The time devoted to research may vary across economists. For instance, in Colombia the central bank has research economists that devote 100 percent of their time to research. Conversely, some policy economists do not have time left for research and some might work about 20 percent of the time as research economists. They publish this research as technical notes in the IR and FSR, as working papers and sometimes in journals.

Academic research covers a wide range of topics, while central bank research tends to focus on monetary and financial stability. Academic research tends to produce sophisticated analytical and algebraic results; however, at times the quantitative dimension of academic research is not as sophisticated as that sought for by central bank economists. Academic research tends to emphasize the sign and significance of estimated coefficients, while central bank research tends to emphasize the quantitative performance of the models, issues such as the impact of interest rate decisions on inflation over time, in exact percentage points, also quantifying the amount of uncertainty involved in the transmission.

While there are differences between academic and central bank research, there are also similarities. Both academic and central bank research share the current paradigm of the New Neoclassical Synthesis, see Goodfriend and King (1997) and Woodford (2009). Some academic economists sometimes hold policy positions in central banks, and some central bank economists also teach at the university.

SM: In your experience, what would you say is the best type of experience for prospective central bank hires to have?

JGP: For me, a sufficient condition is a strong interest and vocation in monetary economics or macroeconomics. A thesis in monetary economics or in international economics is a clear sign of this interest. Beyond the thesis, a working paper or article in monetary economics is also a good signal.

Other skills are very welcome, but not strictly necessary, as they can be acquired on the job. These include familiarity with software packages such as R, Python and Matlab and a good command of the English language.

SM: What other tips, advice, or insights do you have for younger economists interested in monetary policy or central banking?

JGP: My advice would be: read the literature and get into the habit of reading the papers. In addition, keep in mind that what you sow is what you shall reap, so read the literature and also get familiar with the software packages used to build your estimations and models; get those skills.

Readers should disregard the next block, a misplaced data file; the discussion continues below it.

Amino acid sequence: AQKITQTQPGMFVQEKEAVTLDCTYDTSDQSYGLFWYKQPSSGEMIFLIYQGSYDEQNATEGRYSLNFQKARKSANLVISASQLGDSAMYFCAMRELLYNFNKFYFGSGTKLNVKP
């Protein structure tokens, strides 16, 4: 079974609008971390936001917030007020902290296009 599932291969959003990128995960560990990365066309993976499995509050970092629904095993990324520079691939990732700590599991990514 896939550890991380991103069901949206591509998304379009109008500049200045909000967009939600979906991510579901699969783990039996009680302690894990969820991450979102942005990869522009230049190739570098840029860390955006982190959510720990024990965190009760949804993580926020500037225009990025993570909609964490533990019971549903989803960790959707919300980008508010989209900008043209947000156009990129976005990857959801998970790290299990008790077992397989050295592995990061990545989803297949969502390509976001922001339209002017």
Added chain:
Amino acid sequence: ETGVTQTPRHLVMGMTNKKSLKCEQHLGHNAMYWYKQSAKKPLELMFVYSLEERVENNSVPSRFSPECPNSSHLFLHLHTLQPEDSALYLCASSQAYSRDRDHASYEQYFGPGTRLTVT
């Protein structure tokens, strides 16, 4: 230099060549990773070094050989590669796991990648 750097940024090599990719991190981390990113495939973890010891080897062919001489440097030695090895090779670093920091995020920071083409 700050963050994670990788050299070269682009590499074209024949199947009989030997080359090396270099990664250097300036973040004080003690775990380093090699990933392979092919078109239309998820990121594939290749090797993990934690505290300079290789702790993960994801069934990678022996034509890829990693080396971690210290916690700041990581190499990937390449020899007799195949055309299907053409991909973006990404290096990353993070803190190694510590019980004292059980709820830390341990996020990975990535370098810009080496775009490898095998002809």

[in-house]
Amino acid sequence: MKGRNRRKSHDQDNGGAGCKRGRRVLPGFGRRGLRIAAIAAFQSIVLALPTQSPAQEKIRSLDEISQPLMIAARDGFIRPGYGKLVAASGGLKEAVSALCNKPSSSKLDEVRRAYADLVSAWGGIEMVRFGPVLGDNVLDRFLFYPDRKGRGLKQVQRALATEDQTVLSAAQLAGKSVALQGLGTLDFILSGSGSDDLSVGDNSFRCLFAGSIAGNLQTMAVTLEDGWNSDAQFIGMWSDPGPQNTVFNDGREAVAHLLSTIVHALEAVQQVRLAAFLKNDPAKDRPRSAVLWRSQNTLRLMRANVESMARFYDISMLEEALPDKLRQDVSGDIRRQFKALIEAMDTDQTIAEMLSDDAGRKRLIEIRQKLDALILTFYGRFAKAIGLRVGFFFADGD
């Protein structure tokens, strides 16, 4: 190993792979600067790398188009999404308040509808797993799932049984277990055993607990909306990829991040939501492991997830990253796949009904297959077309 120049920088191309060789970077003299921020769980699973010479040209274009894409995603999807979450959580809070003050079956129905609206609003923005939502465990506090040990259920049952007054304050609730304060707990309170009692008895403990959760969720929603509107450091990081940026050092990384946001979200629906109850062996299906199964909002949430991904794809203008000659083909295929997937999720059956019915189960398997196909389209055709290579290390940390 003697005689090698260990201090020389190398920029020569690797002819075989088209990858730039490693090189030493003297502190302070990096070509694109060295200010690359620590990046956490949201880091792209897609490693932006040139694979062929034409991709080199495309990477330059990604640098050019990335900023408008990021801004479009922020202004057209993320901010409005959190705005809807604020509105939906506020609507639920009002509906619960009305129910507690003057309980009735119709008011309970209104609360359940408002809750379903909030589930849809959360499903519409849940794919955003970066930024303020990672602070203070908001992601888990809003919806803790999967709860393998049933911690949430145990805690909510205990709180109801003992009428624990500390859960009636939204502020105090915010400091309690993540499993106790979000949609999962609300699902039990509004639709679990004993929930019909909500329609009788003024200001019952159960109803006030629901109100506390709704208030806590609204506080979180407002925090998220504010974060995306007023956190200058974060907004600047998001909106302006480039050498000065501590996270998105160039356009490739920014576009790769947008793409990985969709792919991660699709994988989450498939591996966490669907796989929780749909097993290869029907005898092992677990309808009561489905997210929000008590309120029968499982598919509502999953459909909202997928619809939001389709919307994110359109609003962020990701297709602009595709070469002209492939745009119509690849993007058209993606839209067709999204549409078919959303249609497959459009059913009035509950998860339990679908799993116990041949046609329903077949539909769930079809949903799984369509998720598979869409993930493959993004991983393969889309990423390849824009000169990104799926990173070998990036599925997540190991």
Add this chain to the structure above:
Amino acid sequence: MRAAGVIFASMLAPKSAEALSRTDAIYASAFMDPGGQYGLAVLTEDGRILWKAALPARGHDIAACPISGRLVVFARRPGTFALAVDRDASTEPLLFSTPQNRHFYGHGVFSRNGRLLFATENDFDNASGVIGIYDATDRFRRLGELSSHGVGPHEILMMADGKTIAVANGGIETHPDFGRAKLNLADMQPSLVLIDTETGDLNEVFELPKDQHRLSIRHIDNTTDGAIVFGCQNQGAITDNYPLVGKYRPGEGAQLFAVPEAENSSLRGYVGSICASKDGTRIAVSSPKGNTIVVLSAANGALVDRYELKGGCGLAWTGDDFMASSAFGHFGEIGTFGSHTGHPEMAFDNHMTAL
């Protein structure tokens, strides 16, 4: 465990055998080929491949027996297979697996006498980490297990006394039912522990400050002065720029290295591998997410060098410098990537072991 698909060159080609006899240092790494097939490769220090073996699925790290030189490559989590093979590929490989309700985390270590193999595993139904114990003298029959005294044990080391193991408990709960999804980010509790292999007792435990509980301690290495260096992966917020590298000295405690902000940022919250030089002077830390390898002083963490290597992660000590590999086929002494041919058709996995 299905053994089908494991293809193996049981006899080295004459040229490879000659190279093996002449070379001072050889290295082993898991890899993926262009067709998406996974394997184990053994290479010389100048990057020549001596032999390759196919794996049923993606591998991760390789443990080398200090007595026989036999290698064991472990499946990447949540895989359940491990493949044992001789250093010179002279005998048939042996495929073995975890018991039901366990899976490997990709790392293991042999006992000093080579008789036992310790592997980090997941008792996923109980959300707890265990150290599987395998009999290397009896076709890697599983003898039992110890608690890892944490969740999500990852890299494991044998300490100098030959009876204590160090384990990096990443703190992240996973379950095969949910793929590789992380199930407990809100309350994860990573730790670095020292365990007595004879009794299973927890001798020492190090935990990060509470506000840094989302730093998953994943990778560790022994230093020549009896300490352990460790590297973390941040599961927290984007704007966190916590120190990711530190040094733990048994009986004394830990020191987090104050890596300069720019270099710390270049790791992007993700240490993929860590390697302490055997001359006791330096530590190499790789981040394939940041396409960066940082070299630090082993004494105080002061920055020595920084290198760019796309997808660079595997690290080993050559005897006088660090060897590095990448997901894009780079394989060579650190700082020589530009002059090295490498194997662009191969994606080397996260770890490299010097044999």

Finally, for those who are not native English speakers, it is important to learn how to write papers. There are several books and articles available on this subject. One starting point is McClosky (2000) and also Banco Central de Chile (2017). It is a good idea to go through this literature and try to learn how to write papers. If possible, get help from an English editor at your institution or on your own.

SM: What else (if anything) do you think should be shared about your career path or current role?

JGP: Central banks face issues that are common to the central banking community as a whole. So try to make your research relevant not only to your central bank, but if possible to the central banking community; if possible, work with a global approach. And finally, group research is better than individual research. So, it is important to work in groups and write papers with others.


Banco Central de Chile, “Guía de Estilo en Inglés” (Accessed Sep. 19, 2023), 2017.
Goodfriend, Marvin, and King Robert. “The new neoclassical synthesis and the role of monetary policy.” NBER Macroeconomics Annual 12 (1997): 231-283.
McClosly, Deidre, Economical Writing, 2nd Ed. Waveland Press Inc, 2000.
Woodford, Michael. “Convergence in macroeconomics: Elements of the new synthesis.” American Economic Journal: Macroeconomics 1, nº 1 (2009): 267-279.

Header image credit: Dr. Javier G. Gómez-Pineda.


The INOMICS AI can generate an article summary or practice questions related to the content of this article.
Try it now!

An error occured

Please try again later.

3 Practical questions, generated by our AI model